Obesity: Perhaps not all hot fudge sundaes

April 10, 2006

University of Pittsburgh scientists say it may not be all hot fudge sundaes and french fries that cause obesity -- it might also be due to brain chemistry.

The researchers say they've found the problem is due, at least in part, to an attraction between leptin, the hormone that signals the brain when to stop eating, and a protein more recently associated with heart disease.

They say recent evidence suggests C-reactive protein not only binds to leptin, but impairs leptin's role in controlling appetite. And that, they say, might help explain why obese people have so much trouble losing weight.

"There's been a lot of interest in leptin as a means to curb appetite and reduce weight but clinical trials have had disappointing results. Our studies suggest an approach that should be further studied is one that disrupts the interaction between leptin and (C-reactive protein), thereby restoring leptin's ability for signaling. We need to better understand how this interaction works and investigate the underlying mechanisms involved," said Allan Zhao, an assistant professor of cell biology and physiology, and the study's senior author.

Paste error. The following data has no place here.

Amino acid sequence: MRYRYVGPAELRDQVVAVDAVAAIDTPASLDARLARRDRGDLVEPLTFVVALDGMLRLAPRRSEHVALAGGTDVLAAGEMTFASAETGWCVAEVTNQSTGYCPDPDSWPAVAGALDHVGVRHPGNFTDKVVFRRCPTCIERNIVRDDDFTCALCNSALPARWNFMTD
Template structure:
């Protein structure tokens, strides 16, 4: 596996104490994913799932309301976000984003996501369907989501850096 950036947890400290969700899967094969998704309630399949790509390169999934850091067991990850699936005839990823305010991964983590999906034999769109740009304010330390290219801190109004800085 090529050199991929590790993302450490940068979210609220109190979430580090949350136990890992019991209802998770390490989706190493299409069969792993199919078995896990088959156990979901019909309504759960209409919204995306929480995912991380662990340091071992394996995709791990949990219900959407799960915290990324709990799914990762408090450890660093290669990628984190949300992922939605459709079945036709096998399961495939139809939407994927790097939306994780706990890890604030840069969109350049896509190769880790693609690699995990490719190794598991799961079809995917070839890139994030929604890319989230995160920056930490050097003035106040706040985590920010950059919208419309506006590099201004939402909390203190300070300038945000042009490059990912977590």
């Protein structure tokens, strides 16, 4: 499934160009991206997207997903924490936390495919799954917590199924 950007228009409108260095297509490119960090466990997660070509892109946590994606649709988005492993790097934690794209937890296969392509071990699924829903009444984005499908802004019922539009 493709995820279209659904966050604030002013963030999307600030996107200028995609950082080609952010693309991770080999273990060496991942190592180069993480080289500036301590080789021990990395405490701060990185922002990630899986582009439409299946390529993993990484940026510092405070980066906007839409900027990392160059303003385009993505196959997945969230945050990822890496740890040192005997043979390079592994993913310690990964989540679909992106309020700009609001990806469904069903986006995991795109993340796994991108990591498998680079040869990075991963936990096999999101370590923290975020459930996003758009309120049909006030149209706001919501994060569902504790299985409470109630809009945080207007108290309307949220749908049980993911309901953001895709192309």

The study appears in the journal Nature Medicine.

Copyright 2006 by United Press International

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